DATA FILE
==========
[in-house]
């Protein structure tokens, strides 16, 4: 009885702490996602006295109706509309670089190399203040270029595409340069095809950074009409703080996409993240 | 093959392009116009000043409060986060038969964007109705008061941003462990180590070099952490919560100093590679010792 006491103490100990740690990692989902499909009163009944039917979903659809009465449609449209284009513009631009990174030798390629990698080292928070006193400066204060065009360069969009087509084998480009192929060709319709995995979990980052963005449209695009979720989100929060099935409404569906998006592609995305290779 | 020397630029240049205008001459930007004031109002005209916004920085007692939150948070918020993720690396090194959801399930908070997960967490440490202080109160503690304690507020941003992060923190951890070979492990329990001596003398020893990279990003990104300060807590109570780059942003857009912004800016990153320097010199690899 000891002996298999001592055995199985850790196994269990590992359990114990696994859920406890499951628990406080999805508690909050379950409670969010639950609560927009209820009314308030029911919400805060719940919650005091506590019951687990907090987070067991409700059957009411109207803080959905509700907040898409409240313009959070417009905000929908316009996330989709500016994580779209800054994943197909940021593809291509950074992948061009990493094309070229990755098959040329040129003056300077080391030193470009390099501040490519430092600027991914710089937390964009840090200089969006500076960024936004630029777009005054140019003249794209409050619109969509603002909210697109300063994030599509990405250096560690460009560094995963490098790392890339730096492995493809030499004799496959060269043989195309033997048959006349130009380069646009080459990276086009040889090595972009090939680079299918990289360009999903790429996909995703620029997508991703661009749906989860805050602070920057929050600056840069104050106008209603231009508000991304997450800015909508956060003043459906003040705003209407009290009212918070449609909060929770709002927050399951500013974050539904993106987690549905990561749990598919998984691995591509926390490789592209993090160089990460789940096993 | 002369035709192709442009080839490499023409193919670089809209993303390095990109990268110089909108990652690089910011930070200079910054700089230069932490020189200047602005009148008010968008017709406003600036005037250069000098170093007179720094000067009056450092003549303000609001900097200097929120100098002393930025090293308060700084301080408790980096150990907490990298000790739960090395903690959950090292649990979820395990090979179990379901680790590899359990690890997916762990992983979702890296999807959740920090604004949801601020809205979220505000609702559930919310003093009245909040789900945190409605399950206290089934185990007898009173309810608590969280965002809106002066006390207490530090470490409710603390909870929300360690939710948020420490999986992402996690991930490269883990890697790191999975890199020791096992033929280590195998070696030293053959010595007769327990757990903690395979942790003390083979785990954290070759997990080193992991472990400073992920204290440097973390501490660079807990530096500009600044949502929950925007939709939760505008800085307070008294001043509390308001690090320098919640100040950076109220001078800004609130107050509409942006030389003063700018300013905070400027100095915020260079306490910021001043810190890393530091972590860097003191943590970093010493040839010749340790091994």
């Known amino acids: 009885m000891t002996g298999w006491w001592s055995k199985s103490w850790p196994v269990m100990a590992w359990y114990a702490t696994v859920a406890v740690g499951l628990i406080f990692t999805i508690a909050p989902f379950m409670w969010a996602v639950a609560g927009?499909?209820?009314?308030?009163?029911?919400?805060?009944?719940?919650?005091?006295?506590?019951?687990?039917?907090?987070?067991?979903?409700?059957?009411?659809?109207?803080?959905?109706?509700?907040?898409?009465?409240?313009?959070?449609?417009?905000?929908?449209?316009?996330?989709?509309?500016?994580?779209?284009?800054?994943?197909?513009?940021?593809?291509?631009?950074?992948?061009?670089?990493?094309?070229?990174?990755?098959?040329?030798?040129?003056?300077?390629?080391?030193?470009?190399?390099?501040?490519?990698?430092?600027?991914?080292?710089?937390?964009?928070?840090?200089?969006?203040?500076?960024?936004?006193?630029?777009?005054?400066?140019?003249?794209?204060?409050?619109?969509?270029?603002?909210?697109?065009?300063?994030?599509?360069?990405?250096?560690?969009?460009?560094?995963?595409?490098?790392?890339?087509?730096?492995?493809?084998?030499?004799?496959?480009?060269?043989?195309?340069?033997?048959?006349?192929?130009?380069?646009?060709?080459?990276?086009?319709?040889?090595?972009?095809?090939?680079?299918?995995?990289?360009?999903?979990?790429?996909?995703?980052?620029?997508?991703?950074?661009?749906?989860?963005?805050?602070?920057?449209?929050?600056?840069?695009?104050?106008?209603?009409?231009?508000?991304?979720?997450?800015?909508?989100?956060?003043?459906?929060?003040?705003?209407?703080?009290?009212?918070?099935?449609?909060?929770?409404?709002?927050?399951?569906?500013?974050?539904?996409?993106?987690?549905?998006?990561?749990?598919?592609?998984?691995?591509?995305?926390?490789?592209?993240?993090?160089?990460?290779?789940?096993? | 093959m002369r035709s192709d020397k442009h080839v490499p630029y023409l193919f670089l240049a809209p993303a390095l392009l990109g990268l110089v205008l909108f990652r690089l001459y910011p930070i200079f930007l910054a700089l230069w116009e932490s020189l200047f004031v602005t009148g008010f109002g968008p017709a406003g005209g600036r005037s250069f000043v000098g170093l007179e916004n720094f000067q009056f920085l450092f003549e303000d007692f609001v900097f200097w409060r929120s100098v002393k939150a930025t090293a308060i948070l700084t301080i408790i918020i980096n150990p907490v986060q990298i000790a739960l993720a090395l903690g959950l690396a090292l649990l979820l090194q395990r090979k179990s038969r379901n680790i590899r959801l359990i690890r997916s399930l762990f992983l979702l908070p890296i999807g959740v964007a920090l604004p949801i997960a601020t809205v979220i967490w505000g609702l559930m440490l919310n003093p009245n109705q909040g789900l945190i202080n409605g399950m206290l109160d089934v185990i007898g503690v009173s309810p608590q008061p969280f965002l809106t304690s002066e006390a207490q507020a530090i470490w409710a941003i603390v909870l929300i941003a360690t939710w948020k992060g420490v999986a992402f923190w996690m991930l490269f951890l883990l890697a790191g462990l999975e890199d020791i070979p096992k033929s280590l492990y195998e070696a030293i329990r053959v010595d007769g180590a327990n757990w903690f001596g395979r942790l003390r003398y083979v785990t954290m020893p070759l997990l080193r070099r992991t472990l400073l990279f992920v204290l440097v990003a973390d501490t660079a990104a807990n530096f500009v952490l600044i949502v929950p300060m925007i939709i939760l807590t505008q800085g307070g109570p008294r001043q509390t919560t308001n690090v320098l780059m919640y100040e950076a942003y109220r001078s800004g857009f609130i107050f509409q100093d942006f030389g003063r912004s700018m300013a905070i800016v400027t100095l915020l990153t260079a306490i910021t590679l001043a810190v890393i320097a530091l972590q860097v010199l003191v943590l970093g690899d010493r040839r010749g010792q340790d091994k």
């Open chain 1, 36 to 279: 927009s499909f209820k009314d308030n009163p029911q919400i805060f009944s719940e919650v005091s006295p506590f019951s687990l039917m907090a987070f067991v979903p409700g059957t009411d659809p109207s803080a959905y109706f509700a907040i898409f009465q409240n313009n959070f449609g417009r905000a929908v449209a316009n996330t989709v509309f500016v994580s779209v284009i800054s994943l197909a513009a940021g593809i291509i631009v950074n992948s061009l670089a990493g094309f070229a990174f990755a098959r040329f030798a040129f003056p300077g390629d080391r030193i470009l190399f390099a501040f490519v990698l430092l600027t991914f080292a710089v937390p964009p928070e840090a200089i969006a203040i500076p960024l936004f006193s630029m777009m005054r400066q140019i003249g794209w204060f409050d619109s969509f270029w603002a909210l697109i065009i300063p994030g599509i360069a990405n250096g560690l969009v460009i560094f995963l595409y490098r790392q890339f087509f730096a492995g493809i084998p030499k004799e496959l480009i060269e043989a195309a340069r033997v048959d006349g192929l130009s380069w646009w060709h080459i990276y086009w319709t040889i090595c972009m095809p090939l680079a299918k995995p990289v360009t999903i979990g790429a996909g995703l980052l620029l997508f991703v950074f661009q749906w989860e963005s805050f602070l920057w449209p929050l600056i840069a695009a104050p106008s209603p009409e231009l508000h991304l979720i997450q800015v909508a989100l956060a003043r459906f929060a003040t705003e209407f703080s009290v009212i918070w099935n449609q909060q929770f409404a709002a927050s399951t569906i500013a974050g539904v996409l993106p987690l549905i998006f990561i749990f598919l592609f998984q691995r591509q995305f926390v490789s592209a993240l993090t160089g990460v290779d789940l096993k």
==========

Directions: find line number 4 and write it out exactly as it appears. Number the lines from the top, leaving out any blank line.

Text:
């Open chain 1, 36 to 279: 927009s499909f209820k009314d308030n009163p029911q919400i805060f009944s719940e919650v005091s006295p506590f019951s687990l039917m907090a987070f067991v979903p409700g059957t009411d659809p109207s803080a959905y109706f509700a907040i898409f009465q409240n313009n959070f449609g417009r905000a929908v449209a316009n996330t989709v509309f500016v994580s779209v284009i800054s994943l197909a513009a940021g593809i291509i631009v950074n992948s061009l670089a990493g094309f070229a990174f990755a098959r040329f030798a040129f003056p300077g390629d080391r030193i470009l190399f390099a501040f490519v990698l430092l600027t991914f080292a710089v937390p964009p928070e840090a200089i969006a203040i500076p960024l936004f006193s630029m777009m005054r400066q140019i003249g794209w204060f409050d619109s969509f270029w603002a909210l697109i065009i300063p994030g599509i360069a990405n250096g560690l969009v460009i560094f995963l595409y490098r790392q890339f087509f730096a492995g493809i084998p030499k004799e496959l480009i060269e043989a195309a340069r033997v048959d006349g192929l130009s380069w646009w060709h080459i990276y086009w319709t040889i090595c972009m095809p090939l680079a299918k995995p990289v360009t999903i979990g790429a996909g995703l980052l620029l997508f991703v950074f661009q749906w989860e963005s805050f602070l920057w449209p929050l600056i840069a695009a104050p106008s209603p009409e231009l508000h991304l979720i997450q800015v909508a989100l956060a003043r459906f929060a003040t705003e209407f703080s009290v009212i918070w099935n449609q909060q929770f409404a709002a927050s399951t569906i500013a974050g539904v996409l993106p987690l549905i998006f990561i749990f598919l592609f998984q691995r591509q995305f926390v490789s592209a993240l993090t160089g990460v290779d789940l096993k």